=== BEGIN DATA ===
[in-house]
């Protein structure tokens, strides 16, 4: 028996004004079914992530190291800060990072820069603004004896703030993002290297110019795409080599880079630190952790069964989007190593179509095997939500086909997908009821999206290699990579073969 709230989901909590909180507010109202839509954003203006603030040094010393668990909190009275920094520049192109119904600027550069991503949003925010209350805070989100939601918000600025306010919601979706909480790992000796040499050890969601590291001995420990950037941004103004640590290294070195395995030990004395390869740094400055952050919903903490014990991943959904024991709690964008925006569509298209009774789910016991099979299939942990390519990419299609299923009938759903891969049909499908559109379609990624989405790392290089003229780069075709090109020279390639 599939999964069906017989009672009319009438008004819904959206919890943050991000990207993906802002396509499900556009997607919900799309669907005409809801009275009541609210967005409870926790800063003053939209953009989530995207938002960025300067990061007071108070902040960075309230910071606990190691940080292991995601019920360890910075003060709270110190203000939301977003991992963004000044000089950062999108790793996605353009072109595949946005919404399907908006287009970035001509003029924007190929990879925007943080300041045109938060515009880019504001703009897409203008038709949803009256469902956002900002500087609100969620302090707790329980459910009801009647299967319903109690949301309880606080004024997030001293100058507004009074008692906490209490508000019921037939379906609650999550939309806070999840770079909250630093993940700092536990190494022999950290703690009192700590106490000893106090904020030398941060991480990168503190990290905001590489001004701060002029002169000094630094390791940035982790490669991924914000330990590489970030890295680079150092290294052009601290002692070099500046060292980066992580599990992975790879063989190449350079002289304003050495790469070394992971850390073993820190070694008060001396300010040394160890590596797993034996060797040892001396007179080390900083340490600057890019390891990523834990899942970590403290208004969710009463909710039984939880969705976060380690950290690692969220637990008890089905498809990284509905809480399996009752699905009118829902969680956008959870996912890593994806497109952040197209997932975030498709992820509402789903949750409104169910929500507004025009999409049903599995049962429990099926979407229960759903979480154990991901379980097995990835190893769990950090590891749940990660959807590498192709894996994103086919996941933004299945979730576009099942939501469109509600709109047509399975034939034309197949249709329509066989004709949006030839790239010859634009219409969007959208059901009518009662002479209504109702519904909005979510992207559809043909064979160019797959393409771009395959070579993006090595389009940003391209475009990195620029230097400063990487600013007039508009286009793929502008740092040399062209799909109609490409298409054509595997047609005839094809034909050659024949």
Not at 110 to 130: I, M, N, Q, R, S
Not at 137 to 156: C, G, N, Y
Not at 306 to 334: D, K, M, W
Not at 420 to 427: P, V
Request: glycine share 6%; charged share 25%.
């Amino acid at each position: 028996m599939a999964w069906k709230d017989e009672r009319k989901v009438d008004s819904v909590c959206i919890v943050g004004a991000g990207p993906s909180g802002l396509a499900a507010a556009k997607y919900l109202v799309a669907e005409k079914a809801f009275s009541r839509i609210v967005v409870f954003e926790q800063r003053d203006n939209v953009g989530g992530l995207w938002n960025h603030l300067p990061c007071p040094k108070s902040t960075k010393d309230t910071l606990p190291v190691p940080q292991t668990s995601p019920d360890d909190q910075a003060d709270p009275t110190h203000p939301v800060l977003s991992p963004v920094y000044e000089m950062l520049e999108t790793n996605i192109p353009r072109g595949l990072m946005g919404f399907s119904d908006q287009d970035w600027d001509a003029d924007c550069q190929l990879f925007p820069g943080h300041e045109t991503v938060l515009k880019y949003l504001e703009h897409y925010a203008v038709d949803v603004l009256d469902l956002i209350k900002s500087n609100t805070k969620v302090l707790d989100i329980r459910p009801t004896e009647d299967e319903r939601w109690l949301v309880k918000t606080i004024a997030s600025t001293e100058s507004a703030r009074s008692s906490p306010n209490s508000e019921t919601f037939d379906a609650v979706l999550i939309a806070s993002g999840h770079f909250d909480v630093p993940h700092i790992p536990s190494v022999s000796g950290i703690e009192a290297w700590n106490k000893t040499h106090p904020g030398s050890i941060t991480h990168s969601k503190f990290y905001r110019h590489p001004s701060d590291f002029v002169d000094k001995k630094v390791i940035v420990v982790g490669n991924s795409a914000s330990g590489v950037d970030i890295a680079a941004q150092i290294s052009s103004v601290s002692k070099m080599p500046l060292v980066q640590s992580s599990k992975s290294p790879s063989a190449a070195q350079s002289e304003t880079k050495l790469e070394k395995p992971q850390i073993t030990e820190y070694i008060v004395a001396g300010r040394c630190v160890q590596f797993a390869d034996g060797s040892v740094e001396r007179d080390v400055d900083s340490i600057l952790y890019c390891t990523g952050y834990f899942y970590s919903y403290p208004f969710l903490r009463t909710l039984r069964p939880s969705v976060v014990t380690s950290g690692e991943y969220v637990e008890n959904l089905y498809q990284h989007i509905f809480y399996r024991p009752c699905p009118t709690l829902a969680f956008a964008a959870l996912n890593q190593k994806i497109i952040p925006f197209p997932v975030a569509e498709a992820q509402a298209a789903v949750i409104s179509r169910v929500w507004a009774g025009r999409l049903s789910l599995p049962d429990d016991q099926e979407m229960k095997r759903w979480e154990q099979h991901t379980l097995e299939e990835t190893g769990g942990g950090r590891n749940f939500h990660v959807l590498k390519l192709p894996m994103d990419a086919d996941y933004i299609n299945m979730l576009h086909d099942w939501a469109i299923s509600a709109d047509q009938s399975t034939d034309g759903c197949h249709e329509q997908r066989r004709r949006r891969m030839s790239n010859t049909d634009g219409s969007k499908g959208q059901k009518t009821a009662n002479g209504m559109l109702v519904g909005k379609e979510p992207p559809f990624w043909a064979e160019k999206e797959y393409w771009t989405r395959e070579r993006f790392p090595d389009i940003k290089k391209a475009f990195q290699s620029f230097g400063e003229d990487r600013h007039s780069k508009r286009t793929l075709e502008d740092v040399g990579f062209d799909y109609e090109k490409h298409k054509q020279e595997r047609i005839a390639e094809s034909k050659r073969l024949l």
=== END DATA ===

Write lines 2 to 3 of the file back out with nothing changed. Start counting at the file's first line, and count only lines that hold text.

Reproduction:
């Protein structure tokens, strides 16, 4: 028996004004079914992530190291800060990072820069603004004896703030993002290297110019795409080599880079630190952790069964989007190593179509095997939500086909997908009821999206290699990579073969 709230989901909590909180507010109202839509954003203006603030040094010393668990909190009275920094520049192109119904600027550069991503949003925010209350805070989100939601918000600025306010919601979706909480790992000796040499050890969601590291001995420990950037941004103004640590290294070195395995030990004395390869740094400055952050919903903490014990991943959904024991709690964008925006569509298209009774789910016991099979299939942990390519990419299609299923009938759903891969049909499908559109379609990624989405790392290089003229780069075709090109020279390639 599939999964069906017989009672009319009438008004819904959206919890943050991000990207993906802002396509499900556009997607919900799309669907005409809801009275009541609210967005409870926790800063003053939209953009989530995207938002960025300067990061007071108070902040960075309230910071606990190691940080292991995601019920360890910075003060709270110190203000939301977003991992963004000044000089950062999108790793996605353009072109595949946005919404399907908006287009970035001509003029924007190929990879925007943080300041045109938060515009880019504001703009897409203008038709949803009256469902956002900002500087609100969620302090707790329980459910009801009647299967319903109690949301309880606080004024997030001293100058507004009074008692906490209490508000019921037939379906609650999550939309806070999840770079909250630093993940700092536990190494022999950290703690009192700590106490000893106090904020030398941060991480990168503190990290905001590489001004701060002029002169000094630094390791940035982790490669991924914000330990590489970030890295680079150092290294052009601290002692070099500046060292980066992580599990992975790879063989190449350079002289304003050495790469070394992971850390073993820190070694008060001396300010040394160890590596797993034996060797040892001396007179080390900083340490600057890019390891990523834990899942970590403290208004969710009463909710039984939880969705976060380690950290690692969220637990008890089905498809990284509905809480399996009752699905009118829902969680956008959870996912890593994806497109952040197209997932975030498709992820509402789903949750409104169910929500507004025009999409049903599995049962429990099926979407229960759903979480154990991901379980097995990835190893769990950090590891749940990660959807590498192709894996994103086919996941933004299945979730576009099942939501469109509600709109047509399975034939034309197949249709329509066989004709949006030839790239010859634009219409969007959208059901009518009662002479209504109702519904909005979510992207559809043909064979160019797959393409771009395959070579993006090595389009940003391209475009990195620029230097400063990487600013007039508009286009793929502008740092040399062209799909109609490409298409054509595997047609005839094809034909050659024949």
Not at 110 to 130: I, M, N, Q, R, S